Less than 1% of venture capital funds in the UK go to start-ups run entirely by women, Government-commissioned research has found - thus revealing another alarming gender gap in the business world.
The UK VC & Female Founders report for the Treasury discovered that for every £1 of VC investment, all-female founder teams get less than 1p.
In stark contrast, all-male founder teams get 89p per £1 and mixed-gender teams get 10p.
While fewer women-only teams pitch for early stage investment, they still fare proportionally less well than men-only teams.
Some 5% of pitch decks - the business plans and documents submitted by start-ups asking for funding - received are from all-female founder teams, 20% from mixed gender teams, and the remaining 75% are from all-male teams.
As a small business accountants in London, we specialise in working with clients to grow their business, and part of that includes helping them to secure the funding they need to prosper.
Philip Hammond, the Chancellor, asked for the aforementioned report in the 2017 Budget and has pledged to break down barriers to female entrepreneurship.
The report was compiled by the state-run British Business Bank, Diversity VC, a non-profit group, and the British Venture Capital Association. In total, 45 firms assessed more than 4,000 pitch decks and more than 900 investment committee decisions.
In response to the report, Chief Secretary to the Treasury, Liz Truss, said:
“It’s incredible that in 2019, men seem to have a virtual monopoly on venture capital. We need more investment going into start-up ventures and more women putting businesses forward.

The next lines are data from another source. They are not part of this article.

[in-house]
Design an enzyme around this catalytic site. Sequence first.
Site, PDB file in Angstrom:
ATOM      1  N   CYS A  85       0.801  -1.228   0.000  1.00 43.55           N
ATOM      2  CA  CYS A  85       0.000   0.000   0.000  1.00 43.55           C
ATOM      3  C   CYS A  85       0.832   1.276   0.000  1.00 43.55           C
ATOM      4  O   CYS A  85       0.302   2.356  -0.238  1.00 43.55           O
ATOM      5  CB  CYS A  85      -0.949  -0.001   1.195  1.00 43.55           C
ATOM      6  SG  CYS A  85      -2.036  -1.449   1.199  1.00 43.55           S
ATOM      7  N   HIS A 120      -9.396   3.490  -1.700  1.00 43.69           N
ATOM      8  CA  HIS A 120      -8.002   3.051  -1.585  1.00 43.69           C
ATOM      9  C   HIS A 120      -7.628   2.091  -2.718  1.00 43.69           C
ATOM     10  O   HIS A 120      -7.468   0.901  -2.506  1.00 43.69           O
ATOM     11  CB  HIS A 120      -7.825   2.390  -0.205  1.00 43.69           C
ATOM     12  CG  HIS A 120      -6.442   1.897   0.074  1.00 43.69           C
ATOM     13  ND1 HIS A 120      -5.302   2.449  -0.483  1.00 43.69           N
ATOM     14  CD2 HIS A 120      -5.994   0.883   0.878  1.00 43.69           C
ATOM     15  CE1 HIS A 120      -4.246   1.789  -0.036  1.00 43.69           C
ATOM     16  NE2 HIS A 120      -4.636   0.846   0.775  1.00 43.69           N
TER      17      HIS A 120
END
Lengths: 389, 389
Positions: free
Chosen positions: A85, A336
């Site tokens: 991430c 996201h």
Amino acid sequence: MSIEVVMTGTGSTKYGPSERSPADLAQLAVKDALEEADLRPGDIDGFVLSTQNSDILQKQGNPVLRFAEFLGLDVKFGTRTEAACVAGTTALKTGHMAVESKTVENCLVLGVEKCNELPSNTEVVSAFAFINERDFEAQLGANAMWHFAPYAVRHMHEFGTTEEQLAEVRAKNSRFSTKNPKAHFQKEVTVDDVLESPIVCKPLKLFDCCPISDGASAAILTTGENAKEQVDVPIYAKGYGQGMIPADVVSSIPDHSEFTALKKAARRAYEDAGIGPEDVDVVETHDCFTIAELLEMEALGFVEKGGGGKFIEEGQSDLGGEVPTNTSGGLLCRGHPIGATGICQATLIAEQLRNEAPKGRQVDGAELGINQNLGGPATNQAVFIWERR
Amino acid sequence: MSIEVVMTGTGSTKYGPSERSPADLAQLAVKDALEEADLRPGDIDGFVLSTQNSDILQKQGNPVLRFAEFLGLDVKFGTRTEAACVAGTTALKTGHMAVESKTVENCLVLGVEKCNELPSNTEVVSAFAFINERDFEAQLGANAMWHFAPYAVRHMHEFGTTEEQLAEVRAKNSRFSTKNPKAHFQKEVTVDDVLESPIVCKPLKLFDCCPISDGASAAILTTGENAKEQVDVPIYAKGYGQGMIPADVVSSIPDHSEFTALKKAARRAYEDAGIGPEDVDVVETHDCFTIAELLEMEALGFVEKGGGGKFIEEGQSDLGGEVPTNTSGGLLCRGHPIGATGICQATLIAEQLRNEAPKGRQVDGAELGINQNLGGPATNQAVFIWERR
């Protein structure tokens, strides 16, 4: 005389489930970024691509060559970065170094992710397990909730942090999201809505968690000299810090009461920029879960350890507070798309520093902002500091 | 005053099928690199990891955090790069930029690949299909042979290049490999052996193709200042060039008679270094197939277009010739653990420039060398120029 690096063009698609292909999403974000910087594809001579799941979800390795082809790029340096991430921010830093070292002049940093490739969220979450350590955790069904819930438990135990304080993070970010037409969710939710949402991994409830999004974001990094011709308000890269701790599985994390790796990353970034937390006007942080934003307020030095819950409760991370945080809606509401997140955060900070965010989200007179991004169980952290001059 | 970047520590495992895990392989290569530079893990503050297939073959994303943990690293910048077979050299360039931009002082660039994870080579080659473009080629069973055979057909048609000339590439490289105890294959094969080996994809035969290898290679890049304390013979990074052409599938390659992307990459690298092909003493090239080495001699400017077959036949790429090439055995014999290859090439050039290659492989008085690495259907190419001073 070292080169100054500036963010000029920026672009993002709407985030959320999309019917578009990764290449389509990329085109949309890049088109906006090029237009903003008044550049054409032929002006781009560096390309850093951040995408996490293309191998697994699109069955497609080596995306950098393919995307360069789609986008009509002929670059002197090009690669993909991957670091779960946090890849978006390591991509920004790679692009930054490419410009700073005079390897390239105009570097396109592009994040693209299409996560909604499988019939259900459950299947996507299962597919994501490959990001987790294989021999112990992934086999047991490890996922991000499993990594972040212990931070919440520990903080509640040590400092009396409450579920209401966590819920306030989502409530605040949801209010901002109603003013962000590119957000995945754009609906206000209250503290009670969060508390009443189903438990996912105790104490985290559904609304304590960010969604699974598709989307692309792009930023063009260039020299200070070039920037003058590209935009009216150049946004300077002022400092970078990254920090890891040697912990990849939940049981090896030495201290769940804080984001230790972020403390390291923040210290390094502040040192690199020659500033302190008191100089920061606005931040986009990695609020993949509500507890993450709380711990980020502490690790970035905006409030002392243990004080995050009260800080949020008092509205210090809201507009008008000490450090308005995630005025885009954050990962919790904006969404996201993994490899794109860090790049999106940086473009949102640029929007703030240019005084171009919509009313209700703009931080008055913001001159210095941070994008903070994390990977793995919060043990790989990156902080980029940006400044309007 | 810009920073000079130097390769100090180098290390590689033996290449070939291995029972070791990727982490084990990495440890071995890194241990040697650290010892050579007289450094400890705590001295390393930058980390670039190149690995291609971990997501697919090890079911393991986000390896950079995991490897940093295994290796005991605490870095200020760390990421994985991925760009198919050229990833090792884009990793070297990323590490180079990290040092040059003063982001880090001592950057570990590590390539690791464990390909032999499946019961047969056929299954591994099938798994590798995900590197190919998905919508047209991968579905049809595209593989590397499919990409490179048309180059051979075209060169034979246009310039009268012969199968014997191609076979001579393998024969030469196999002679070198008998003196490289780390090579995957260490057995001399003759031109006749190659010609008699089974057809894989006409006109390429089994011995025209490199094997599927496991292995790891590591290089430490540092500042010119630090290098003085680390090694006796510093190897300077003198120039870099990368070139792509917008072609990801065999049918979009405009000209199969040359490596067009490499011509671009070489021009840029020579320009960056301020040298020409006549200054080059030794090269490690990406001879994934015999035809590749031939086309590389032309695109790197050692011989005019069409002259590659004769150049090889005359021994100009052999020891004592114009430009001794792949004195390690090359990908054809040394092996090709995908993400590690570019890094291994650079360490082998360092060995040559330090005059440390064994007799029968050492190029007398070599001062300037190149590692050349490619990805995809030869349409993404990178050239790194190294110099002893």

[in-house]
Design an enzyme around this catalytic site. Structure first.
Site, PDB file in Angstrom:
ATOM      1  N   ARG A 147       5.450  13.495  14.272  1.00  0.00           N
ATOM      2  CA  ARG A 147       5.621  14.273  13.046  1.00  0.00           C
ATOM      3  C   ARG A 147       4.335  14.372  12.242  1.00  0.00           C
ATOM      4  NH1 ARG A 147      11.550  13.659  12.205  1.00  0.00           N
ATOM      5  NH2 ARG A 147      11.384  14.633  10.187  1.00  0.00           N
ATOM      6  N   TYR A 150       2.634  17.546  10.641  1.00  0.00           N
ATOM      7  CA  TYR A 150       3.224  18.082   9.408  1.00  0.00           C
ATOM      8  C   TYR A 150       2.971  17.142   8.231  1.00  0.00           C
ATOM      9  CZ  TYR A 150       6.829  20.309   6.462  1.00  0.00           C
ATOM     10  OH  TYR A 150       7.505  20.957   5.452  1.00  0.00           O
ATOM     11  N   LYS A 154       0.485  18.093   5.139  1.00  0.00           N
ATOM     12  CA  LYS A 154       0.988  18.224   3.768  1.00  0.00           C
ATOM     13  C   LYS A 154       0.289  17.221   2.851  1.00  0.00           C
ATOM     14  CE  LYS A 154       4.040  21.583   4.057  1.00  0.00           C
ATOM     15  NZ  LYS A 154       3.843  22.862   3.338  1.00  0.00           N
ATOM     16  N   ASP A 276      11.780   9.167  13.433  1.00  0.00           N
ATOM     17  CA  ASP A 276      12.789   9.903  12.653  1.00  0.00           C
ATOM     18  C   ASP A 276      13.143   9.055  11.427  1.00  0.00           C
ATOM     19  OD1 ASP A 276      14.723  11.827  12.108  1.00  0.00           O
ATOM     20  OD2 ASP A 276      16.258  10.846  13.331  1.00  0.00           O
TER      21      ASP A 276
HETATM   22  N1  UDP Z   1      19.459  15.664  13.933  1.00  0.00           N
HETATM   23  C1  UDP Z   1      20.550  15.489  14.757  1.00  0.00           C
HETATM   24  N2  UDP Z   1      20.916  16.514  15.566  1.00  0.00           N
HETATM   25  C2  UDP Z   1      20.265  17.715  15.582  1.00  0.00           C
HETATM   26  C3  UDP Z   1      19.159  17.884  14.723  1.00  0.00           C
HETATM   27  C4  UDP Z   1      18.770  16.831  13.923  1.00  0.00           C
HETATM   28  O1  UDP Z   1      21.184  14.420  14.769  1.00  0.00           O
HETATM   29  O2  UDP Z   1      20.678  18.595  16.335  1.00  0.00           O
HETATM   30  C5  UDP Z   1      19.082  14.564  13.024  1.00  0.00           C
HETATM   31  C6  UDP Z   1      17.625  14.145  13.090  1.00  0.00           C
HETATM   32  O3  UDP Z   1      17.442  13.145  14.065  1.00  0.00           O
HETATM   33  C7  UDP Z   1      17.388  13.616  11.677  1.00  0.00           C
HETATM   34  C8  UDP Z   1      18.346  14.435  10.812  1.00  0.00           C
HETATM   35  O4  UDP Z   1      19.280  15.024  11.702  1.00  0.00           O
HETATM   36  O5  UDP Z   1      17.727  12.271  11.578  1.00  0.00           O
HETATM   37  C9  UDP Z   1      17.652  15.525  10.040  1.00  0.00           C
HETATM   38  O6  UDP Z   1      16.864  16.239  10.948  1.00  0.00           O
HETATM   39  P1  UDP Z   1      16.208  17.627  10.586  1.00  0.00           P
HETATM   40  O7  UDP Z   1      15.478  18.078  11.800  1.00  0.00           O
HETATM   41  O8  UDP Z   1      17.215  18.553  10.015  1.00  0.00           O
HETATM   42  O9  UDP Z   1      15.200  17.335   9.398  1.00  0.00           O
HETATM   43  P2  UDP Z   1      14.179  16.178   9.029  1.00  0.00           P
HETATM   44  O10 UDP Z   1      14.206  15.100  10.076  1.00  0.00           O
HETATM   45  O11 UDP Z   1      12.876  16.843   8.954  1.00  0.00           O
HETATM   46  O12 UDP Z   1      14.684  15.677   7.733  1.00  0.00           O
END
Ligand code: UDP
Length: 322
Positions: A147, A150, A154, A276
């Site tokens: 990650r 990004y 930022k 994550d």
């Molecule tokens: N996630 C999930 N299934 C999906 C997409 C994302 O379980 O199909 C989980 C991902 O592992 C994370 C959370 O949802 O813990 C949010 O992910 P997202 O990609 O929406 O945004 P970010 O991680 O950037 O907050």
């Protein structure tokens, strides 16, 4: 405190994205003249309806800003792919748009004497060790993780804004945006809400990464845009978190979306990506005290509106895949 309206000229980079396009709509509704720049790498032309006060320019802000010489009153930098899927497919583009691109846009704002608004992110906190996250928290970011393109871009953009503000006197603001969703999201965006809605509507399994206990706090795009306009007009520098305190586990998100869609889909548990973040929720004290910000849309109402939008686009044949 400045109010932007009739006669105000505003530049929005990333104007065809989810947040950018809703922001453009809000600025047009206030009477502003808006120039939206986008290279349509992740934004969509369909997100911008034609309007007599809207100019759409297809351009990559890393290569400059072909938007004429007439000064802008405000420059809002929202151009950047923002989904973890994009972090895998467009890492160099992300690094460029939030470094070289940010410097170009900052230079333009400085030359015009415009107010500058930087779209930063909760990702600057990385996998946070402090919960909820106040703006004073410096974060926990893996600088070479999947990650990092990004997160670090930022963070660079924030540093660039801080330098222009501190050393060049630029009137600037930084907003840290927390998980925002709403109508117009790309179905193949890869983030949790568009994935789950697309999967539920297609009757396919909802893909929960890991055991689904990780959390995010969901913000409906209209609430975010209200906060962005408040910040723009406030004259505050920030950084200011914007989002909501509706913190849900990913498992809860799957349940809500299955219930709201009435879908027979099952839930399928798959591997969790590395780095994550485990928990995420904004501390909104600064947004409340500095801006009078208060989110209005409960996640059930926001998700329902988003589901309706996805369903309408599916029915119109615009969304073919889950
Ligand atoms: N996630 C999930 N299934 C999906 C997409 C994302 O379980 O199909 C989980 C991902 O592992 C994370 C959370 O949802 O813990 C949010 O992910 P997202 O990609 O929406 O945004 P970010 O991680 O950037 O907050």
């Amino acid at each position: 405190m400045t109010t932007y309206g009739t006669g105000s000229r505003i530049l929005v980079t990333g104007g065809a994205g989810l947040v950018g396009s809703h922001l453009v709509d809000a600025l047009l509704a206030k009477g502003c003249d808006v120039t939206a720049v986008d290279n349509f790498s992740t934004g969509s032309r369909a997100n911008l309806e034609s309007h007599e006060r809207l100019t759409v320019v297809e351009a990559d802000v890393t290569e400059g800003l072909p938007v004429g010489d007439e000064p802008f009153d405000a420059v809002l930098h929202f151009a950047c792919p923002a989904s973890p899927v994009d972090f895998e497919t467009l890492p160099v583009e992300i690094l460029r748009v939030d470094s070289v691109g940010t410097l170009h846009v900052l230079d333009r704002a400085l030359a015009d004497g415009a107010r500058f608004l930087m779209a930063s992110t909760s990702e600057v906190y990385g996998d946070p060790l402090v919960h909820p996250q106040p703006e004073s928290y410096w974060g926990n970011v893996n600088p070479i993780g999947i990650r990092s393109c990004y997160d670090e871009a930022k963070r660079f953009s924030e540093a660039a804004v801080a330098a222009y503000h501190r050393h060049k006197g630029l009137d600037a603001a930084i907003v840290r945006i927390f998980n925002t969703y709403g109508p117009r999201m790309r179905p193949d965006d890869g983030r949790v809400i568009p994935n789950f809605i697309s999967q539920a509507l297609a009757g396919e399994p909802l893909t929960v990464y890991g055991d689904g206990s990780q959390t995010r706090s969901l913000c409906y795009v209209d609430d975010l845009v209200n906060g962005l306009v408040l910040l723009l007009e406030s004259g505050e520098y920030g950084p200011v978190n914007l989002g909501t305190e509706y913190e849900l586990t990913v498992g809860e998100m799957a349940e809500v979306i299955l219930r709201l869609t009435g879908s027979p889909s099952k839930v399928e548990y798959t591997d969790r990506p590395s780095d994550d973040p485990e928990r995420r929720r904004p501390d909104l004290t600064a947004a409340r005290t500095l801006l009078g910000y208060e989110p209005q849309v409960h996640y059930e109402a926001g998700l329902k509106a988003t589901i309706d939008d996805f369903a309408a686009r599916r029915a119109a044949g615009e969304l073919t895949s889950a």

“It’s in everyone’s interests that financing processes are open and meritocratic to grow the economy and make use of all the talent we have.”
The data goes on to reveal that some 83% of deals made by UK VCs, equivalent to 89% in value terms, had no women on the founding teams.
This equates to an estimated £5bn of investment going to start-ups with all-male founding teams.
Adding to a lengthy list of issues uncovered by the report, nearly a quarter of VC firms did not see a single female founder at investment committee in 2017, and this needs to be urgently addressed.
Similarly, just 5% of founding teams seen by VCs were all-female.
The disparity is partly because female founders have a very low representation in venture capital deals. It is well known that the low number of women in the sectors focused on by VC firms, such as software, AI and medical technology, is one reason for their low representation.
Another reason may be that men have better business networks, but this appears to be the by-product of an old-fashioned, male-dominated system rather than reflecting the innovative and enterprising efforts of all start-up founders that seek investment in the UK at present.
The report says start-up founders who are recommended to a VC firm by someone they know, called a “warm” introduction, are 13 times more likely to get funded than founders who apply without a recommendation.
Moreover, the vast majority of VC decision makers are male. Women are also seen as a riskier investment proposition because of the business barriers they face. Barriers which, incredibly frustratingly, are built by the reasons mentioned above.
Some VC firms have adopted “blind” pitching, where pitch decks initially do not mention the gender of those applying.
The results of this approach appear sobering at this early stage, but it is, at least, somewhat progressive that many in the UK VC community chose to participate in blind pitching in an attempt to take the first step towards fixing an incredibly faulty funding machine.